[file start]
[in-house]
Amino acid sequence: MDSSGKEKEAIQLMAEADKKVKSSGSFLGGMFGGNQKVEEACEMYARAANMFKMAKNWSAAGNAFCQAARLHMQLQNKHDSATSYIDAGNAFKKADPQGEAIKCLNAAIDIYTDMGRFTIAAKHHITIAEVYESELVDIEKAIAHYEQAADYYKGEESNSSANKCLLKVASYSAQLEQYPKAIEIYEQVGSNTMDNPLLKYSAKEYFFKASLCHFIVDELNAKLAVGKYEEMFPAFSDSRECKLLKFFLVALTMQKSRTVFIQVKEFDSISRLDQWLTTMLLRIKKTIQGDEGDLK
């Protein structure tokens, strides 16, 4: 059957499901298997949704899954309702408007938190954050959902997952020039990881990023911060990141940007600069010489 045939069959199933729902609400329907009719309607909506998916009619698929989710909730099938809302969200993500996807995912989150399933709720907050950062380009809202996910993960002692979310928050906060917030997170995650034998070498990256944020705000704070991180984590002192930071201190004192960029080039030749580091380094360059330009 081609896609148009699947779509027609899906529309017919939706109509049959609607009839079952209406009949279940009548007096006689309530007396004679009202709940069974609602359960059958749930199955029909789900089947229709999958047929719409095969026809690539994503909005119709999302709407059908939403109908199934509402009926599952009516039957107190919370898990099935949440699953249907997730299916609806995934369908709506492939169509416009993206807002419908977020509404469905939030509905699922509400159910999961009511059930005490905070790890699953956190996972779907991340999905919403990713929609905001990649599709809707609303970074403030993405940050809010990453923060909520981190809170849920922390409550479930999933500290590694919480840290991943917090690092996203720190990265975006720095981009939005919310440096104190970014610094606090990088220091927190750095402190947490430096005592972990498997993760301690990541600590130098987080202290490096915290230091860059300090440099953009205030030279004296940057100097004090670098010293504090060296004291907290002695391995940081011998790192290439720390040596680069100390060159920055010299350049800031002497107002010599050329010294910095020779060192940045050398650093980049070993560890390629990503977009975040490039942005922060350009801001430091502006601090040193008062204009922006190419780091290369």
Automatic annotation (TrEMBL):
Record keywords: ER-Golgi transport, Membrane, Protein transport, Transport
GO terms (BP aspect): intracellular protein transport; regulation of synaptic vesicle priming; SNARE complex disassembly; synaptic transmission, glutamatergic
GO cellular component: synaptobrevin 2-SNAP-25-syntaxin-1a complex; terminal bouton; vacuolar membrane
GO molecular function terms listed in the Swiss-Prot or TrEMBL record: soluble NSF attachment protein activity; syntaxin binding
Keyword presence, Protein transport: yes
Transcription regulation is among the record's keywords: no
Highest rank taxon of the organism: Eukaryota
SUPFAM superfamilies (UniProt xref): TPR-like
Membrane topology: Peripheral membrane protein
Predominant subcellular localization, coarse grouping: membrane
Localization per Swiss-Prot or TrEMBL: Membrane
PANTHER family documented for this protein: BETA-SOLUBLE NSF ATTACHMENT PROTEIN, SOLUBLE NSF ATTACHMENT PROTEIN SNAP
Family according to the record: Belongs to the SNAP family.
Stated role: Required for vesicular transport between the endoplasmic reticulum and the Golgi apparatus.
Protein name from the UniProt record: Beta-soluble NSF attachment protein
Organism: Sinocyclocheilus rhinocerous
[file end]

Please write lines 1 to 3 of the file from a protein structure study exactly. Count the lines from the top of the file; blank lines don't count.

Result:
[in-house]
Amino acid sequence: MDSSGKEKEAIQLMAEADKKVKSSGSFLGGMFGGNQKVEEACEMYARAANMFKMAKNWSAAGNAFCQAARLHMQLQNKHDSATSYIDAGNAFKKADPQGEAIKCLNAAIDIYTDMGRFTIAAKHHITIAEVYESELVDIEKAIAHYEQAADYYKGEESNSSANKCLLKVASYSAQLEQYPKAIEIYEQVGSNTMDNPLLKYSAKEYFFKASLCHFIVDELNAKLAVGKYEEMFPAFSDSRECKLLKFFLVALTMQKSRTVFIQVKEFDSISRLDQWLTTMLLRIKKTIQGDEGDLK
């Protein structure tokens, strides 16, 4: 059957499901298997949704899954309702408007938190954050959902997952020039990881990023911060990141940007600069010489 045939069959199933729902609400329907009719309607909506998916009619698929989710909730099938809302969200993500996807995912989150399933709720907050950062380009809202996910993960002692979310928050906060917030997170995650034998070498990256944020705000704070991180984590002192930071201190004192960029080039030749580091380094360059330009 081609896609148009699947779509027609899906529309017919939706109509049959609607009839079952209406009949279940009548007096006689309530007396004679009202709940069974609602359960059958749930199955029909789900089947229709999958047929719409095969026809690539994503909005119709999302709407059908939403109908199934509402009926599952009516039957107190919370898990099935949440699953249907997730299916609806995934369908709506492939169509416009993206807002419908977020509404469905939030509905699922509400159910999961009511059930005490905070790890699953956190996972779907991340999905919403990713929609905001990649599709809707609303970074403030993405940050809010990453923060909520981190809170849920922390409550479930999933500290590694919480840290991943917090690092996203720190990265975006720095981009939005919310440096104190970014610094606090990088220091927190750095402190947490430096005592972990498997993760301690990541600590130098987080202290490096915290230091860059300090440099953009205030030279004296940057100097004090670098010293504090060296004291907290002695391995940081011998790192290439720390040596680069100390060159920055010299350049800031002497107002010599050329010294910095020779060192940045050398650093980049070993560890390629990503977009975040490039942005922060350009801001430091502006601090040193008062204009922006190419780091290369």